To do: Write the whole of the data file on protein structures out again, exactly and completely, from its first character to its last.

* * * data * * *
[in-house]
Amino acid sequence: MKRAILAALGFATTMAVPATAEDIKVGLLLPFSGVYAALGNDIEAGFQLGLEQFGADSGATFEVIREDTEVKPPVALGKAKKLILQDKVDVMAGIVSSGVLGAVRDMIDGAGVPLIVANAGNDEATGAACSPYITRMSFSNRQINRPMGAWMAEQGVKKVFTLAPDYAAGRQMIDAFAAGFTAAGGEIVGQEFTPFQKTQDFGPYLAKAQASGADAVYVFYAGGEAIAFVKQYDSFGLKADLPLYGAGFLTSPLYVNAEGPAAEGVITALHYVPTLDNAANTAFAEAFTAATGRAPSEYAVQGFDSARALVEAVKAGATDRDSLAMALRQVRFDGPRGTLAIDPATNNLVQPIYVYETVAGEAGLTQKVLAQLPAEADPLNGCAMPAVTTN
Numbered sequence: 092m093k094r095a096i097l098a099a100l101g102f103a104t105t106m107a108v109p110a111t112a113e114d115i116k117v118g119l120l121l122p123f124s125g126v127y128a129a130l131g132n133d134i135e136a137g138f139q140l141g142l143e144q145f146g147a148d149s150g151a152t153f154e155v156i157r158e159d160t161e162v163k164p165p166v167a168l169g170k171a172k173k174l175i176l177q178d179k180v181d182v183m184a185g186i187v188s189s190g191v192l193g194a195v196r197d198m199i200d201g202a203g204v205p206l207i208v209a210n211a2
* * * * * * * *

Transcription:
[in-house]
Amino acid sequence: MKRAILAALGFATTMAVPATAEDIKVGLLLPFSGVYAALGNDIEAGFQLGLEQFGADSGATFEVIREDTEVKPPVALGKAKKLILQDKVDVMAGIVSSGVLGAVRDMIDGAGVPLIVANAGNDEATGAACSPYITRMSFSNRQINRPMGAWMAEQGVKKVFTLAPDYAAGRQMIDAFAAGFTAAGGEIVGQEFTPFQKTQDFGPYLAKAQASGADAVYVFYAGGEAIAFVKQYDSFGLKADLPLYGAGFLTSPLYVNAEGPAAEGVITALHYVPTLDNAANTAFAEAFTAATGRAPSEYAVQGFDSARALVEAVKAGATDRDSLAMALRQVRFDGPRGTLAIDPATNNLVQPIYVYETVAGEAGLTQKVLAQLPAEADPLNGCAMPAVTTN
Numbered sequence: 092m093k094r095a096i097l098a099a100l101g102f103a104t105t106m107a108v109p110a111t112a113e114d115i116k117v118g119l120l121l122p123f124s125g126v127y128a129a130l131g132n133d134i135e136a137g138f139q140l141g142l143e144q145f146g147a148d149s150g151a152t153f154e155v156i157r158e159d160t161e162v163k164p165p166v167a168l169g170k171a172k173k174l175i176l177q178d179k180v181d182v183m184a185g186i187v188s189s190g191v192l193g194a195v196r197d198m199i200d201g202a203g204v205p206l207i208v209a210n211a2